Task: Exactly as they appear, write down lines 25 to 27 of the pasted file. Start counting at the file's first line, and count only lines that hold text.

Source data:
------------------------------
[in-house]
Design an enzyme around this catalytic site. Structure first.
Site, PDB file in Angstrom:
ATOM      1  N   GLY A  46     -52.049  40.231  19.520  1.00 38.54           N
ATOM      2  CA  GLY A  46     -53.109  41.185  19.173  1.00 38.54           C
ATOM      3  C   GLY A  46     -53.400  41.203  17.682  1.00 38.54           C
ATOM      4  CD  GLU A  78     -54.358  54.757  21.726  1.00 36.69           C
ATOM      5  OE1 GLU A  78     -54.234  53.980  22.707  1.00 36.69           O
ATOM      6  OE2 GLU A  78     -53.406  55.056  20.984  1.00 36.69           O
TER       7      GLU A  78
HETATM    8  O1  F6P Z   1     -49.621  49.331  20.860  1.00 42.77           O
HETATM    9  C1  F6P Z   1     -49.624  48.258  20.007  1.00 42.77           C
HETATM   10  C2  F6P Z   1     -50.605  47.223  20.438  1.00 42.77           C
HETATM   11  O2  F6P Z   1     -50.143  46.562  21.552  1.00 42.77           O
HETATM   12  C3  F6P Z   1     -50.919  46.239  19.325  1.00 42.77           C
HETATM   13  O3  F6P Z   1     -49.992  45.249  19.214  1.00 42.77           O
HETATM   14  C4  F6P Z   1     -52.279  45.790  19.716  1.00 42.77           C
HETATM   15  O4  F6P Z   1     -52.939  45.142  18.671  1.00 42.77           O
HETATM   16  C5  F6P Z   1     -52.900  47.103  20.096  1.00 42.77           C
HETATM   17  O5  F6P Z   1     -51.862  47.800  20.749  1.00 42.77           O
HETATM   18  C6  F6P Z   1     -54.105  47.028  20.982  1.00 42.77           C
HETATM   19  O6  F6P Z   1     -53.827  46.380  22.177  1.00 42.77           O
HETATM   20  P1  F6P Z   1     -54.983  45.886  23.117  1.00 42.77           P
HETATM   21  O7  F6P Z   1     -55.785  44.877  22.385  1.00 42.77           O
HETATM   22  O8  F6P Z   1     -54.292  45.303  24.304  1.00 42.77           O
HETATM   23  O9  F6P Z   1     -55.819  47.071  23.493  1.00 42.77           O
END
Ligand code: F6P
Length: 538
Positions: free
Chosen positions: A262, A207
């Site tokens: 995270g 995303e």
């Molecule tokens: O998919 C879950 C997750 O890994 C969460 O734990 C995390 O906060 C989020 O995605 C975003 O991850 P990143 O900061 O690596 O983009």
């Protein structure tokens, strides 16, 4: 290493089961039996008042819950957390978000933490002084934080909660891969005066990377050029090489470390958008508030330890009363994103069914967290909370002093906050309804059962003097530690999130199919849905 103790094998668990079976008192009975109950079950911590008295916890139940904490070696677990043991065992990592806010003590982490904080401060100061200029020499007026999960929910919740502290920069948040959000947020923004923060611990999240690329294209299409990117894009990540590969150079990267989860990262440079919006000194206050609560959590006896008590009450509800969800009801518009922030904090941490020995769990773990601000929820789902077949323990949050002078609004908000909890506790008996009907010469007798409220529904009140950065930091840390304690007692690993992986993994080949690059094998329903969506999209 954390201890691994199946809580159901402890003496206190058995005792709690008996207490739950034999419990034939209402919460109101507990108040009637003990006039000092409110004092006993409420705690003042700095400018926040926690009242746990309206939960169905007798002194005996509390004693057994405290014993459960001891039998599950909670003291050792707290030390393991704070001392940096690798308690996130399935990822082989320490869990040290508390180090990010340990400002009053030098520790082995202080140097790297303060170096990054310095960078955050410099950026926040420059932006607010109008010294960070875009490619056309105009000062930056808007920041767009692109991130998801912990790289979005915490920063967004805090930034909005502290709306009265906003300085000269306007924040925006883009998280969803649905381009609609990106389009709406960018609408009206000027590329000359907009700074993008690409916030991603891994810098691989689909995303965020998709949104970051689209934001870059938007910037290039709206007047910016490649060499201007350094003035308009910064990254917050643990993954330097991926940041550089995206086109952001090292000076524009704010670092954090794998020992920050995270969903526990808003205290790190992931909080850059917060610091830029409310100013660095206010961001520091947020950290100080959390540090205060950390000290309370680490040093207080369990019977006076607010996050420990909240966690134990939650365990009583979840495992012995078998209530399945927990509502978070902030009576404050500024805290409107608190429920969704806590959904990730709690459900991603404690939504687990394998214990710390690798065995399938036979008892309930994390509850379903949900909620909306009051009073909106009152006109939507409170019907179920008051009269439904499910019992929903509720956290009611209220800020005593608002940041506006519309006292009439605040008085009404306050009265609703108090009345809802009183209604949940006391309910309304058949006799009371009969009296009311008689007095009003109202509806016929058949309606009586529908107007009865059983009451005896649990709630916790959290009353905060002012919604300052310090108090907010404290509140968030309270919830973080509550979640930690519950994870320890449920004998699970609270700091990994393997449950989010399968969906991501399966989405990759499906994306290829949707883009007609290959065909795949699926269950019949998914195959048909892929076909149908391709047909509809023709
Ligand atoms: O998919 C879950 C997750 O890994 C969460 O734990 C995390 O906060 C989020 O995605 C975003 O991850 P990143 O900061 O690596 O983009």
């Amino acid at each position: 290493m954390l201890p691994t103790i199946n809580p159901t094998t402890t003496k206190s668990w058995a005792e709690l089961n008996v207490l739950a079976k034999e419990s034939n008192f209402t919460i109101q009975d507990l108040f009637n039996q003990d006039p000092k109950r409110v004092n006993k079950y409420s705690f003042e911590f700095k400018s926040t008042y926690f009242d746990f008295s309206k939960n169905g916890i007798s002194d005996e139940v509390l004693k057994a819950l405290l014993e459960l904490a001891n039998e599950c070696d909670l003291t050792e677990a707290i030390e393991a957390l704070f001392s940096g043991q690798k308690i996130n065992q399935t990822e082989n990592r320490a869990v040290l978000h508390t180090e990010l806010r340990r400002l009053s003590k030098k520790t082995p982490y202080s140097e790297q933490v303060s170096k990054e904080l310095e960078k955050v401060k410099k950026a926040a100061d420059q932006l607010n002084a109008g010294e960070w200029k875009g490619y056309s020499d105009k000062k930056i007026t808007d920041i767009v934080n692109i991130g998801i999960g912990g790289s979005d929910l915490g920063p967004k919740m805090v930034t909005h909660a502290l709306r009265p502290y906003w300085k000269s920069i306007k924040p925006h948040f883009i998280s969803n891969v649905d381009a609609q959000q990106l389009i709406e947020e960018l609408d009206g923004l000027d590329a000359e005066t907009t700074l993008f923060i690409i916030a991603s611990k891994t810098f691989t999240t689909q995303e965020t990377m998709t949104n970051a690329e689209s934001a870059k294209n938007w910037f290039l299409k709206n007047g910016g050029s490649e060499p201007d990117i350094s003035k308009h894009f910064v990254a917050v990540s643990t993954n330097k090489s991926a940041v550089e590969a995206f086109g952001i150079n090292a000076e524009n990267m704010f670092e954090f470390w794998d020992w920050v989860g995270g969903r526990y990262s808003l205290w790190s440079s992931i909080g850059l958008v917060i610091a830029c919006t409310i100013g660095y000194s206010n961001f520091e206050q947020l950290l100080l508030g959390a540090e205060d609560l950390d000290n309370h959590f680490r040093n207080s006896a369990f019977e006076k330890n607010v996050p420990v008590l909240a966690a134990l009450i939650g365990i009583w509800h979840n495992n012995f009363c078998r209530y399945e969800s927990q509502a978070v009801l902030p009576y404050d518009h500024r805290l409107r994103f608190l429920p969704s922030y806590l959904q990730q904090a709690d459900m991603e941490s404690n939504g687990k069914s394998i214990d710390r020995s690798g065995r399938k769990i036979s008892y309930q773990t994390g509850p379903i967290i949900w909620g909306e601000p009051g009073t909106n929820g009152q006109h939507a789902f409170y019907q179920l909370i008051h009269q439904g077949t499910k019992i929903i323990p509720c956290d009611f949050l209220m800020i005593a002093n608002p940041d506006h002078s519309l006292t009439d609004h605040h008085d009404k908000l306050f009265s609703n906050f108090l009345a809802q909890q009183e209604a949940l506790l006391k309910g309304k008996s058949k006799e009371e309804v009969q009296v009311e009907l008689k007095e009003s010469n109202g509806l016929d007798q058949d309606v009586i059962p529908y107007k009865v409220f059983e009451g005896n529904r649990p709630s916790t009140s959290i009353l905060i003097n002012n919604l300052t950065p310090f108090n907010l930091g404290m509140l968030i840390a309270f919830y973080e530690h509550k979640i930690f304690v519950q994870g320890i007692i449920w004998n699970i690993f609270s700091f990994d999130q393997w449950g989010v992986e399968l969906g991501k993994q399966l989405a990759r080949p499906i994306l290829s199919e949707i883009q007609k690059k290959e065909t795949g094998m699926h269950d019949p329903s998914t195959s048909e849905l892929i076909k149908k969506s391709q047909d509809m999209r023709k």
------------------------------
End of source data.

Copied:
HETATM   22  O8  F6P Z   1     -54.292  45.303  24.304  1.00 42.77           O
HETATM   23  O9  F6P Z   1     -55.819  47.071  23.493  1.00 42.77           O
END